Ward, Sarah (nee Beather) (1819-1903)

Primitive Methodist Magazine 1904
Primitive Methodist Magazine 1904

Transcription of Obituary in the Primitive Methodist Magazine by W.H. Taylor

Mrs. Sarah Ward, the wife and life-long companion in travel of the late Rev. Richard Ward, was born at Lichfield, in the year 1819.

Her family was connected with the Wesleyan Church, and she, while very young, realized a change of heart and rejoiced in the blessedness of being born again of the spirit. When the first Primitive Methodist Missionary to Lichfield, the Rev. Sampson Turner, came into the street where she, a small child, lived with her widowed mother, singing “Turn to the Lord and seek salvation,” her mother invited him in and gave him refreshment, and her house continued the home of Primitive Methodist Missionaries as long as she lived.

So bitter and unrelenting was the opposition of the Church party that the Missionaries had to discontinue their labours for a while. But in the year 1836 two young men were sent from Darlaston and Birmingham Circuits, Richard Ward and J. Wilson, to re-mission the city and the villages around.

During this time Miss Beather, the subject of this memoir, united with this struggling cause, and rendered invaluable assistance as a visitor, tract distributor and class leader. She was highly gifted as a public speaker, having at command a fine flow of language, inherited from her mother, combined with a good share of sound common sense, and so very soon her name appeared as a preacher on the circuit plan. She frequently walked many miles on the sabbath day to preach the good tidings of salvation to the villages around Lichfield, and very many testimonies have been given of the souls converted and the good received through her preaching.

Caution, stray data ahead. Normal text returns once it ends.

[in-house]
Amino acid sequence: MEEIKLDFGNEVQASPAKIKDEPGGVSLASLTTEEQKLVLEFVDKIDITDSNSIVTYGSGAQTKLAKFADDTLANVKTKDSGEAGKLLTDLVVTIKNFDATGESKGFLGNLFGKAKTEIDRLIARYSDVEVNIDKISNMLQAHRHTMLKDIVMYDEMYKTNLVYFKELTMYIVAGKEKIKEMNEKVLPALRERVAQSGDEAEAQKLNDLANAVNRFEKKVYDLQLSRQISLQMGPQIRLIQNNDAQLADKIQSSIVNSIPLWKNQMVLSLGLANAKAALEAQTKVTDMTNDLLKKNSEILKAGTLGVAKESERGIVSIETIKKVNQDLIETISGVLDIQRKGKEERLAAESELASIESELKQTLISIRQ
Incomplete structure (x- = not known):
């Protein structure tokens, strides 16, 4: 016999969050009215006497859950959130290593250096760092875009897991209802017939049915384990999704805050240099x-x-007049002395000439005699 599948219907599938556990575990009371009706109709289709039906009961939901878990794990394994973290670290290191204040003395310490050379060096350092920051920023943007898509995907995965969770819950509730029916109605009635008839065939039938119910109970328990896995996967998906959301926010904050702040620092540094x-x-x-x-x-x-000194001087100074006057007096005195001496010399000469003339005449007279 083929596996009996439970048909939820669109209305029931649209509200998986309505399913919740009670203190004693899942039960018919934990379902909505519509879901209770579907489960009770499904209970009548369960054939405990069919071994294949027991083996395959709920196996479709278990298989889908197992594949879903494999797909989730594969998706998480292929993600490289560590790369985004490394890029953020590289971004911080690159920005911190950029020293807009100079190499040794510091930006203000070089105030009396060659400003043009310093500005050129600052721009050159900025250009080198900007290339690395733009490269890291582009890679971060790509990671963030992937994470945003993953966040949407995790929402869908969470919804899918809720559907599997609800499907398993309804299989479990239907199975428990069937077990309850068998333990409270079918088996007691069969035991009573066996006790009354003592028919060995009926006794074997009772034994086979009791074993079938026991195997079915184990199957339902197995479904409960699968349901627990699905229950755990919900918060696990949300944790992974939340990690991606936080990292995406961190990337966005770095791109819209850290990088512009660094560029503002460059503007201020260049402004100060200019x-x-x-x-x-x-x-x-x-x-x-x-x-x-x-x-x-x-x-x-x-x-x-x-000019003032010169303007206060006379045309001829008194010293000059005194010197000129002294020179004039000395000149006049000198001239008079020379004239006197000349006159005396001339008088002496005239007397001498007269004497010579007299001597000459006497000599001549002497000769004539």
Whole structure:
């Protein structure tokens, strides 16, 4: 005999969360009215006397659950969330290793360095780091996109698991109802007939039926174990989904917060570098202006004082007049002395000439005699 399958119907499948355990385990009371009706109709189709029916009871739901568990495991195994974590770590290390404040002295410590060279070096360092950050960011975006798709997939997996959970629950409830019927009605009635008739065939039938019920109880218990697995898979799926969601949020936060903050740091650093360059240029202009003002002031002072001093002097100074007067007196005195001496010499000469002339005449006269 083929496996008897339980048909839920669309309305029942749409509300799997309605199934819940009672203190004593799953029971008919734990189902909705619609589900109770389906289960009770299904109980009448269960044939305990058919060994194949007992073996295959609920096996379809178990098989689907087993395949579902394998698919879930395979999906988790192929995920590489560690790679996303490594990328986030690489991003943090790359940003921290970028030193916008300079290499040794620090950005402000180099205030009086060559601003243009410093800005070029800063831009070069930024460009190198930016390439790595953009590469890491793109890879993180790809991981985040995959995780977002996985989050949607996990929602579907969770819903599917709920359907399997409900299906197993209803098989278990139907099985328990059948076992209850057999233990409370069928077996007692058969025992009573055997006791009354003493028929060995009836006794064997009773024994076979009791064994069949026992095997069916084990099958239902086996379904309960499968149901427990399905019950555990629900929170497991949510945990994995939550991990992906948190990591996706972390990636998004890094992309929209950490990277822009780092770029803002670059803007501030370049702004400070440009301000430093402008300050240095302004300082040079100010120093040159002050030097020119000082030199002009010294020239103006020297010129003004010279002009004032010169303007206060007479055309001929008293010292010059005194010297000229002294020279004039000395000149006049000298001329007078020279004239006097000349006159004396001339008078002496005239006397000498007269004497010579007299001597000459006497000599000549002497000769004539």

On July 10th, 1841, she was united in marriage to Rev. Richard Ward, who was then travelling at Oswestry. A few days after their marriage she organized a society class and took up her work as a local preacher, rendering wonderful help to her husband in his holy toil. The experience she had gained in her maidenhood proved of great value to her when she entered into the enlarged opportunities and responsibilities of a minister’s wife.

Proving herself quite equal to the position, she discharged her onerous duties with so much tact and ability that she not only escaped unpleasantness in the circuit, but won the confidence, esteem and love of the people among whom she laboured. So untiring was her interest in the Church that very considerable sums came into its treasury through her gifts and appeals, and so real was her devotion that she could say “I never saved a penny in my life, all went to the cause, and if I had my time over again I would do the same.” We do not wonder that possessing such a spirit of consecration she and her husband were greatly successful in building up the Church and gathering men into the Kingdom.